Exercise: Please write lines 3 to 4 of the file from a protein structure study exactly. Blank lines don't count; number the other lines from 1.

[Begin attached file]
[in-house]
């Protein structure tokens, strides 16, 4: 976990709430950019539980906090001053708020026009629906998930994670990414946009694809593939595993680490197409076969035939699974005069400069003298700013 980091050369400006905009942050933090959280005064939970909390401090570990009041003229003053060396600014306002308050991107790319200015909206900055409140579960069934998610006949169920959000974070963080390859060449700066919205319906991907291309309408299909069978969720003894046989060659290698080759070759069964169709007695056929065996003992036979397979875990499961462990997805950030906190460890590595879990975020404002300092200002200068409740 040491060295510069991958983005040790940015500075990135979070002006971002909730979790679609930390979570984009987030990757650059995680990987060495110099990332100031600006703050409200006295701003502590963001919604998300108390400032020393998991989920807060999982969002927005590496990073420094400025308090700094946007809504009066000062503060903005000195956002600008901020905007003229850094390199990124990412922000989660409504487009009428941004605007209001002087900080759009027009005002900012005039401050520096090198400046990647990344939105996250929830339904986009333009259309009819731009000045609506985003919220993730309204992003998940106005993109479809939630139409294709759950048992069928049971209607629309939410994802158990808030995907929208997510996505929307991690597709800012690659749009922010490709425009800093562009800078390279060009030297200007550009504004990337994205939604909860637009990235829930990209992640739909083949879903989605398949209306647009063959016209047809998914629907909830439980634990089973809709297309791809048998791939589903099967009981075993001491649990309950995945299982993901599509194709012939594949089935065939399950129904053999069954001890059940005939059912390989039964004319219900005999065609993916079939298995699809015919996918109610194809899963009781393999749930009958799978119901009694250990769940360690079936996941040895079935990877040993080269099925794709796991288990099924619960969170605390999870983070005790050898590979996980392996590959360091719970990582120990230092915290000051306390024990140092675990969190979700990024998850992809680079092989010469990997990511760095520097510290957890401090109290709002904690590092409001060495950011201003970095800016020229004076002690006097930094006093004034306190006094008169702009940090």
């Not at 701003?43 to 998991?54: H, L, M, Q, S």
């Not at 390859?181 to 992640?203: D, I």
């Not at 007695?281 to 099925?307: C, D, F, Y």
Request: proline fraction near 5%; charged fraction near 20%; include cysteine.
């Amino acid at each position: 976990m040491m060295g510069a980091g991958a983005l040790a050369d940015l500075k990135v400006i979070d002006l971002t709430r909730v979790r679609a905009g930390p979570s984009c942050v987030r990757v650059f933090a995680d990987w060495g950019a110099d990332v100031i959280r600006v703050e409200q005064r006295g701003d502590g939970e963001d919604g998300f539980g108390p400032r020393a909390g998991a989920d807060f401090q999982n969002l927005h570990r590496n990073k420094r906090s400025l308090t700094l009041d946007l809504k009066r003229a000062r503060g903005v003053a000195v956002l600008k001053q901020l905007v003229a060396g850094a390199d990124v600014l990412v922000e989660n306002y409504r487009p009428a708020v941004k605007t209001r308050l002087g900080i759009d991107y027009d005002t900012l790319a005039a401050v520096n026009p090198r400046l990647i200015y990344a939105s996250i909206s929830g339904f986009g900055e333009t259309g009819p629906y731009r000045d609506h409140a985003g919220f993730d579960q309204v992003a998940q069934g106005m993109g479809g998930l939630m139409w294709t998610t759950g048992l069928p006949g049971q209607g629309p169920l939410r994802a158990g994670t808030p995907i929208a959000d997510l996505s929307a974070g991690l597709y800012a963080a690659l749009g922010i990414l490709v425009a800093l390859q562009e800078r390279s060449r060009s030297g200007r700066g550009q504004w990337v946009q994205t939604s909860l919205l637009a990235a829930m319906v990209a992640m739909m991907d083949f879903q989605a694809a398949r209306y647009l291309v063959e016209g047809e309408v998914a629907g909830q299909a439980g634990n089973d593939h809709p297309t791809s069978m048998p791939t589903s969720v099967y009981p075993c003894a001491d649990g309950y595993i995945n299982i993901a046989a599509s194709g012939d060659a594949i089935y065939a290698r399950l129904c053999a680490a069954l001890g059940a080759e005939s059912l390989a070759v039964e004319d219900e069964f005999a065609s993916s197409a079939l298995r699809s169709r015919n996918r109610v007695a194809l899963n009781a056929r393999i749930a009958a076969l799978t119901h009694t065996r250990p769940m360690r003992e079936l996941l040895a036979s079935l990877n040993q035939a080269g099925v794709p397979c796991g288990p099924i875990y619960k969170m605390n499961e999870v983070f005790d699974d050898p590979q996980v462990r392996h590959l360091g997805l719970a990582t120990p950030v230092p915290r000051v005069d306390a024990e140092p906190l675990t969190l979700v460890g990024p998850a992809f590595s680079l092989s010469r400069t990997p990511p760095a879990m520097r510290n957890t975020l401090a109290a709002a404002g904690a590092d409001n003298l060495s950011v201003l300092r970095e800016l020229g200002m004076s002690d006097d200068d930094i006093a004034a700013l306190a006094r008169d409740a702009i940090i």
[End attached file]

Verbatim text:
């Not at 701003?43 to 998991?54: H, L, M, Q, S």
């Not at 390859?181 to 992640?203: D, I």